Most Disney movies are very vague concerning the time and place in which they are set. But 101 Dalmatians is very current. And with “current” I mean 1961. It is easy to forget because time has given the movie a different vibe. Nowadays it feels like watching a fairy tale like story which just happens to be set in the London during a time long gone bye, but back when the movie first hit the theatres, that was the reality. The TV program which is affectionately spoofed during the movie is the one they watched, their telephones looked like this and that was the kind of music they like to hear.f2f4ddf766aa61272d58e3f6002b7737

 

2. The Animation

101 Dalmatians marks an important milestone in animation. For the better or the worse, this was the first animated movie which used xenography forcing a style on the movies Disney himself didn’t really like. It was a technology born out of the necessity to lower the production costs. Because of this, there is this tendency to look down on the animation of the Impressionist era. In case of 101 Dalmatians, though, it pays off to take a second look, and not just because animating all those puppies was quite an impressive achievement back then. Especially remarkable is the scene at the very beginning, when Pongo is watching the dog owners on the street. They not only have all a very distinctive look, they also all move differently. It’s a fascinating study in animation to compare how much the different movements influence the perception of the characters.

 

3. The Characters

To say it upfront: I have a huge problem with the characters in the book. Mainly, with the way Missus Pongo and Perdita are portrayed. That’s right, Disney merged two character into one, Perdita in the book is not Pongo’s wife, she is taken into the family to help nursing the pups since 15 are simply too much for one mother. What angers me about both characters in the book, but especially about Missus Pongo, is how stupid they both are. In the book it’s constantly pointed out that Pongo is unusual intelligent for a dog. And he constantly talks down to her and acts amused when she says something naïve. This is bad enough, but on their journey (during which is constantly pointed out that females are weaker) they meet other (male) dogs, and on more than one occasion, Pongo and another dog act indulgent about Missus Pongo. It’s aggravating, and honestly destroyed any enjoyment I might have had reading this book.DVD-Cover-101-Dalmatians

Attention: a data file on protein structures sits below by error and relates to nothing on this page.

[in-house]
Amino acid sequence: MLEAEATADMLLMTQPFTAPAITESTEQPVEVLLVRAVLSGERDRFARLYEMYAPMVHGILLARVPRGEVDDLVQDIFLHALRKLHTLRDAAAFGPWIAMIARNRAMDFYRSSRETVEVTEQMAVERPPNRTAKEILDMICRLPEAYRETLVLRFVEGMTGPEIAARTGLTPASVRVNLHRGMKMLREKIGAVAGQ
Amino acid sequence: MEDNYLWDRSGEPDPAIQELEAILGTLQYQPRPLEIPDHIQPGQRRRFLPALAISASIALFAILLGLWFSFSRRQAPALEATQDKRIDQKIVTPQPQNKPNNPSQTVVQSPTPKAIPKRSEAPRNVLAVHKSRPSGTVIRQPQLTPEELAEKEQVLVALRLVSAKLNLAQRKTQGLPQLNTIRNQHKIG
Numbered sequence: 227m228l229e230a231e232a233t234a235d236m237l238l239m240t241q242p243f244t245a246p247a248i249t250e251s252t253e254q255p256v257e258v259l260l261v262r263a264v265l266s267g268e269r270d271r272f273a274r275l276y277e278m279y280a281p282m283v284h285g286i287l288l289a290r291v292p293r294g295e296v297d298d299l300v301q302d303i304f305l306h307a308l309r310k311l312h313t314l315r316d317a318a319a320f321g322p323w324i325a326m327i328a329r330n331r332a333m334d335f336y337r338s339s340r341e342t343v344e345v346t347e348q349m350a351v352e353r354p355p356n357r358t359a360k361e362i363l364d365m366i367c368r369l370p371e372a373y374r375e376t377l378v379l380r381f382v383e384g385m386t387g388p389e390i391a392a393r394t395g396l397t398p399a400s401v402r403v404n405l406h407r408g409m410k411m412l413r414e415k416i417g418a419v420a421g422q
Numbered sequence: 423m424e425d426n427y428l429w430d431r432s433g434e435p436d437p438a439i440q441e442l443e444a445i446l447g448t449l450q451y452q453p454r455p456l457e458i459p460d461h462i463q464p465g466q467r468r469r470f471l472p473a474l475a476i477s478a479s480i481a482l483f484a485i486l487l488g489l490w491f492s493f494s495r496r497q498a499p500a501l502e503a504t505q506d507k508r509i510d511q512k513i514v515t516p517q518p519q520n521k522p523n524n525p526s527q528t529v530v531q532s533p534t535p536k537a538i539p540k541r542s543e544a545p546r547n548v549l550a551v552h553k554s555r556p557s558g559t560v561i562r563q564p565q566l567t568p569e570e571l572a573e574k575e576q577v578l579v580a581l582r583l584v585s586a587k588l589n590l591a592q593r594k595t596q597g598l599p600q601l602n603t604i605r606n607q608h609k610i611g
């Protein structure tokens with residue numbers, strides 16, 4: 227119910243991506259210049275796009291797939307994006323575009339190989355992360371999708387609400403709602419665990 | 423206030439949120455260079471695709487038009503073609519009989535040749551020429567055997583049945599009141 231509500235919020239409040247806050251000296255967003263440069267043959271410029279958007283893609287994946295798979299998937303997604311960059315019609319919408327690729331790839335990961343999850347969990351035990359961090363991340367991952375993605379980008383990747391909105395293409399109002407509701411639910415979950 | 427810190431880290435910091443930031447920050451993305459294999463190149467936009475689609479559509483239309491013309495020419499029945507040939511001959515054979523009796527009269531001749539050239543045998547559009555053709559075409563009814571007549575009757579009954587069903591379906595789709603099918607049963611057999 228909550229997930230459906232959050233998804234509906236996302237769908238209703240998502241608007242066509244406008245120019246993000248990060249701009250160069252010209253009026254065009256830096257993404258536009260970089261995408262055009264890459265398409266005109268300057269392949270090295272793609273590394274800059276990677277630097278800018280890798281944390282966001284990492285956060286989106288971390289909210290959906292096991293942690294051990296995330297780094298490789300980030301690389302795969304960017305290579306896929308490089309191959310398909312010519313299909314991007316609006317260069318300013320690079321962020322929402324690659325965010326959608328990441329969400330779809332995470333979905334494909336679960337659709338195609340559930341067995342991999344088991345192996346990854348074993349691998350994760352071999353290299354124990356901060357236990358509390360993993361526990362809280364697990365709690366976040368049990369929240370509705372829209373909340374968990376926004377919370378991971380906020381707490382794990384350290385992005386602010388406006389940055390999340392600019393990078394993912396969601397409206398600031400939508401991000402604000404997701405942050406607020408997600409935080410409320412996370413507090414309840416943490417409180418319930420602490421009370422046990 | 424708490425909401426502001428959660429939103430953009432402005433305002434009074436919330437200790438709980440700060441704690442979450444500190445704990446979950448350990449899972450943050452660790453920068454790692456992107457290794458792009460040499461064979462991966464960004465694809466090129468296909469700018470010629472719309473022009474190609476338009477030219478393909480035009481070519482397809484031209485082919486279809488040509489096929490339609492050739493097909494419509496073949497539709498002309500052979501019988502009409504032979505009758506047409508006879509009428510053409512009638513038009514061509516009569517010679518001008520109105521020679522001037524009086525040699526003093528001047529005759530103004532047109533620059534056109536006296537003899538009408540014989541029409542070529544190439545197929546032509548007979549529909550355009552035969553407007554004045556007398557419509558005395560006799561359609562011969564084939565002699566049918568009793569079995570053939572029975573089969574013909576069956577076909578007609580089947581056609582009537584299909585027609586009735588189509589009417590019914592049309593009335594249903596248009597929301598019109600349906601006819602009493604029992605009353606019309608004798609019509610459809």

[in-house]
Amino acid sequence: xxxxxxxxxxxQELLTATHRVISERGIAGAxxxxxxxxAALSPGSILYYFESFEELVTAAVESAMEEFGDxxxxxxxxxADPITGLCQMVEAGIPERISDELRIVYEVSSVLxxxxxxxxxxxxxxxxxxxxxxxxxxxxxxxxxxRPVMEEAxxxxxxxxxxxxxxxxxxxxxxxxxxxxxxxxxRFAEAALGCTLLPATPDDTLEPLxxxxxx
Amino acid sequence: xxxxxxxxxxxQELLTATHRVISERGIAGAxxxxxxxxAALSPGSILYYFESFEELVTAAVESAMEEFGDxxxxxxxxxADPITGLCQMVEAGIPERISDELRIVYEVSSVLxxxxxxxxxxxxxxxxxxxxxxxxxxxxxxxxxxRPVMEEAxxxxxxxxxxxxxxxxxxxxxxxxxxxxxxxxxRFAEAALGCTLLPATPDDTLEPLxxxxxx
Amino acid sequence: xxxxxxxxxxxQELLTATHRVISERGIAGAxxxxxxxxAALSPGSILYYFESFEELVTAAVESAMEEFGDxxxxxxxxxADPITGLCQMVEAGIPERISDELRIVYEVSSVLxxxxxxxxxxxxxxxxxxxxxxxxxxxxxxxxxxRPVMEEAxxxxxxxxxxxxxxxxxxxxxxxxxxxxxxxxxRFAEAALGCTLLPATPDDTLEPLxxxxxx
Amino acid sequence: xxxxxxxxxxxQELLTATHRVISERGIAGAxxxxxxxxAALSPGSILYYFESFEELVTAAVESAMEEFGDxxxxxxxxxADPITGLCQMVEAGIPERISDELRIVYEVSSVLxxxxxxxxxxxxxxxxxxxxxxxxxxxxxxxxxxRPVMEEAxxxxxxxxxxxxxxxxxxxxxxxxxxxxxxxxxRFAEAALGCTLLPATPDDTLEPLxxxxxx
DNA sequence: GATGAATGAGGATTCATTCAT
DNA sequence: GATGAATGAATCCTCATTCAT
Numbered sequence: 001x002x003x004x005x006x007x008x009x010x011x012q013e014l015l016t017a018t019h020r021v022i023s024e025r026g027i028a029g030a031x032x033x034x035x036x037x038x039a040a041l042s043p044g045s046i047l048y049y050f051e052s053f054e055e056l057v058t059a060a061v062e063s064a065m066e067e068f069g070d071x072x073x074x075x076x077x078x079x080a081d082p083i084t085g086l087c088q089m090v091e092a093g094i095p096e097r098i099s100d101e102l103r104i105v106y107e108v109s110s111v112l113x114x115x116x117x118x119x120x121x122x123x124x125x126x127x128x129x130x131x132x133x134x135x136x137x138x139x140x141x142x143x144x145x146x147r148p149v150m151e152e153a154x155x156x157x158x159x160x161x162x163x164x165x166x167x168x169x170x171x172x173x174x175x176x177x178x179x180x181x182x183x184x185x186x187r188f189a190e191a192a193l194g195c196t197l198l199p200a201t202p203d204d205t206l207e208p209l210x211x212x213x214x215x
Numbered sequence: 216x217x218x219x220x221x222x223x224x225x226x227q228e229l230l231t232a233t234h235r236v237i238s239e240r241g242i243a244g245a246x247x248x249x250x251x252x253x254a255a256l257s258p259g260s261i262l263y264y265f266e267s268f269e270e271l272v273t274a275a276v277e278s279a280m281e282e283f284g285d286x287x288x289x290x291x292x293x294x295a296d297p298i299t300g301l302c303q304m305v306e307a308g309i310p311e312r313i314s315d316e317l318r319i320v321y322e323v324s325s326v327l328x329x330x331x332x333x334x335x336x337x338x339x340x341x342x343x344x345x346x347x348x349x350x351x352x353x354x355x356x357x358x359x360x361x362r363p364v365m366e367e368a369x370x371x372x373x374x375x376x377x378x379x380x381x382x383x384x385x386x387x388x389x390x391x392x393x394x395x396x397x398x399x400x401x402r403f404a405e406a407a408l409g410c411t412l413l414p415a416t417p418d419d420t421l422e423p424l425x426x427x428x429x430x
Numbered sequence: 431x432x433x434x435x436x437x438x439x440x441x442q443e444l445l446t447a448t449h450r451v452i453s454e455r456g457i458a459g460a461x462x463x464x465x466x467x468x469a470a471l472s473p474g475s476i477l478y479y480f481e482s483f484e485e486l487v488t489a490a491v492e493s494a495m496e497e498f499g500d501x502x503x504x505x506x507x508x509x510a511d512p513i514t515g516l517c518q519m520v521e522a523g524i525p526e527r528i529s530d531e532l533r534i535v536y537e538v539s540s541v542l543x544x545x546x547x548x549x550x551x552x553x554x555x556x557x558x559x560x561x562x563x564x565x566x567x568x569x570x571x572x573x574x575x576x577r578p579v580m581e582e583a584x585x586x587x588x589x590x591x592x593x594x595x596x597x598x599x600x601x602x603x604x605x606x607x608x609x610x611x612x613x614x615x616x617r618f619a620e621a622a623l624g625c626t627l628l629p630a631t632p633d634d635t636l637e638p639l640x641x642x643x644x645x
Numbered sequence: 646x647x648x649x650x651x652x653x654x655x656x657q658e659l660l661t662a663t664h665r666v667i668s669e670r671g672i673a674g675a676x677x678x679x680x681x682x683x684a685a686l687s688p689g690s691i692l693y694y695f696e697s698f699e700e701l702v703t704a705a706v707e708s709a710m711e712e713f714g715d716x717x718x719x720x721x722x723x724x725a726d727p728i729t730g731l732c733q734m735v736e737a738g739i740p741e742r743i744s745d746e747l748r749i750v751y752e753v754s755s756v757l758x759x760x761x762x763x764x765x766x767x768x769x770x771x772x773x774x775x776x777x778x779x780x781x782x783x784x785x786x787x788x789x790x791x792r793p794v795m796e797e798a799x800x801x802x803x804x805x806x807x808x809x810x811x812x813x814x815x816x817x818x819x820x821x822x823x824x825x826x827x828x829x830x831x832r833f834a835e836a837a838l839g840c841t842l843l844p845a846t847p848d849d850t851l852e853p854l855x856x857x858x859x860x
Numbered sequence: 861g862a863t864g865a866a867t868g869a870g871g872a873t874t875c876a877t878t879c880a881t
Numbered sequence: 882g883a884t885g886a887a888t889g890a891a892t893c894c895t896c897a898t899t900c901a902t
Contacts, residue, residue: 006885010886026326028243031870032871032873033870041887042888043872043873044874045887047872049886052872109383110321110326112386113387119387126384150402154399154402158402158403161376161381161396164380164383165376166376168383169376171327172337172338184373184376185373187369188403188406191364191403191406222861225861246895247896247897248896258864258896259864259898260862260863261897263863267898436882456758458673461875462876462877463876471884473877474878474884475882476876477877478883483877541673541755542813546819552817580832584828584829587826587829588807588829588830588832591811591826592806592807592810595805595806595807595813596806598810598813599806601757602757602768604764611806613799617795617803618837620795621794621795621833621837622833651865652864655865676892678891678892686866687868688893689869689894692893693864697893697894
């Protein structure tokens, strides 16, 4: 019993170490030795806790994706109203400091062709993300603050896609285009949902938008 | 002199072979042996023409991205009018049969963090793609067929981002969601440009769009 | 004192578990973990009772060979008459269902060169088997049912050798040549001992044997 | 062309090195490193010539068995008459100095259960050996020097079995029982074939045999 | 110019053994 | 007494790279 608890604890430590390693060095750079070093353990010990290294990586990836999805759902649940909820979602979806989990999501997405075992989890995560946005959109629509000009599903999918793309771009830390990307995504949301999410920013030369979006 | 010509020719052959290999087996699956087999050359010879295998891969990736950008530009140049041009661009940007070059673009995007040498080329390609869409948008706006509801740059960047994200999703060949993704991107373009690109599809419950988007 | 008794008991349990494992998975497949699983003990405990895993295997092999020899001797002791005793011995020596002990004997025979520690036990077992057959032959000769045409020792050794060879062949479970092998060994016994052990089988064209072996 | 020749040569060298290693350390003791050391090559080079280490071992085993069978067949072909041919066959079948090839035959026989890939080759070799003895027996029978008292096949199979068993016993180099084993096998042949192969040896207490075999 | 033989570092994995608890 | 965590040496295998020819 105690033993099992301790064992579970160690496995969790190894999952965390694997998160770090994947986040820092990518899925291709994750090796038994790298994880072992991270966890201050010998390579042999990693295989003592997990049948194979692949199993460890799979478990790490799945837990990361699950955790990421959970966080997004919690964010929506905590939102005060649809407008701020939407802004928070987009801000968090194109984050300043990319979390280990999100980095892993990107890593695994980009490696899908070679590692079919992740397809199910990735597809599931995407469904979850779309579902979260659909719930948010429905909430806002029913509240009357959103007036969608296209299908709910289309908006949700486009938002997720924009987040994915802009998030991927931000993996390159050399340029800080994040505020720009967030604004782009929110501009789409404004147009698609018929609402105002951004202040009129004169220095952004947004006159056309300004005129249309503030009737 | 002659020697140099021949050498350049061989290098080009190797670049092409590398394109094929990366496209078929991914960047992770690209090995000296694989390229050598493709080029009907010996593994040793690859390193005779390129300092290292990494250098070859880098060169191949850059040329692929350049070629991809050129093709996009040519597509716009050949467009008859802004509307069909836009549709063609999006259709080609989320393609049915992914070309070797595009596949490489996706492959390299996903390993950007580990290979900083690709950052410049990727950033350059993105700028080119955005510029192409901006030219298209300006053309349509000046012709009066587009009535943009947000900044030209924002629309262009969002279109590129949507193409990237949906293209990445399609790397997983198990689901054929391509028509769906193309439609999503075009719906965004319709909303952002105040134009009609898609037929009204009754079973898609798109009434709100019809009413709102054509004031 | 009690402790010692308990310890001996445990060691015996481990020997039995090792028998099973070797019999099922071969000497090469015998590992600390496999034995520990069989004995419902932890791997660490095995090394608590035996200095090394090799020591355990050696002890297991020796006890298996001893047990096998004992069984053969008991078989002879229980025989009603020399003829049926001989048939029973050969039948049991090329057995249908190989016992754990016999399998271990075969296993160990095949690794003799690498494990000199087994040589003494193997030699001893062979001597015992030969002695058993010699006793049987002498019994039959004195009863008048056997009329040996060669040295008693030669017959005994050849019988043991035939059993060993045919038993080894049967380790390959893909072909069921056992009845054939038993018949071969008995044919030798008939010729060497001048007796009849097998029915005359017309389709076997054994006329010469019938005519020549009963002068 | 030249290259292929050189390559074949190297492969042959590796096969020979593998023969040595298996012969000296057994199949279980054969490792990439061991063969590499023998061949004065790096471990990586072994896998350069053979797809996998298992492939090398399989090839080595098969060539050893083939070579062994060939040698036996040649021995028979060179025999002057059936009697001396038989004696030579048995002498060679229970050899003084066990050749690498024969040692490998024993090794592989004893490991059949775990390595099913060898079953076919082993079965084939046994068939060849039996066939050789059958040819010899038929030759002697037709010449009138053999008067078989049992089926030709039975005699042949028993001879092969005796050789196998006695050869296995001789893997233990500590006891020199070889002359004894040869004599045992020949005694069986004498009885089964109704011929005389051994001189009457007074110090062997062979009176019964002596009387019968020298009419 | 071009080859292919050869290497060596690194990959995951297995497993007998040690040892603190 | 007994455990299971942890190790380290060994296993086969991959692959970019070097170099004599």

The characters in the Disney version are not necessarily layered, but they are more balanced overall. It certainly helps that Disney slimmed down the cast considerably. Two Nanny’s become one, the husband and the cat of Cruella de Vil are omitted, and Lucky become the puppy who nearly did during birth instead of two separate characters. The idea that pets become similar to their owners (or the other way around) is picked up, making Pongo and Perdita mirrors of their human counterparts. And honestly, I quite like Roger and Anita. While it’s never explicitly stated, I always got the impression that Anita is a working woman with her own income, the mind in the relationship, while Roger the musician is the heart and the humour. That is a clever change, too, by the way, in the book they are rich from the get go, in the movie the little side-story with Rogers successful hit not only allows Disney to add some music into the mix, it also gives the human characters their own little arc.

One has to give it to the book: It is obviously written by someone who loves dogs dearly. Their habits are described more realistic than the way the humans act. Again and again it is mentioned that dogs see their humans as their pets. The downside is that there is much care put in the portrayal of the humans. I prefer the more realistic way Disney approached the human characters, and that Pongo and Perdita are equals in every sense of the word, working together to get their puppies back.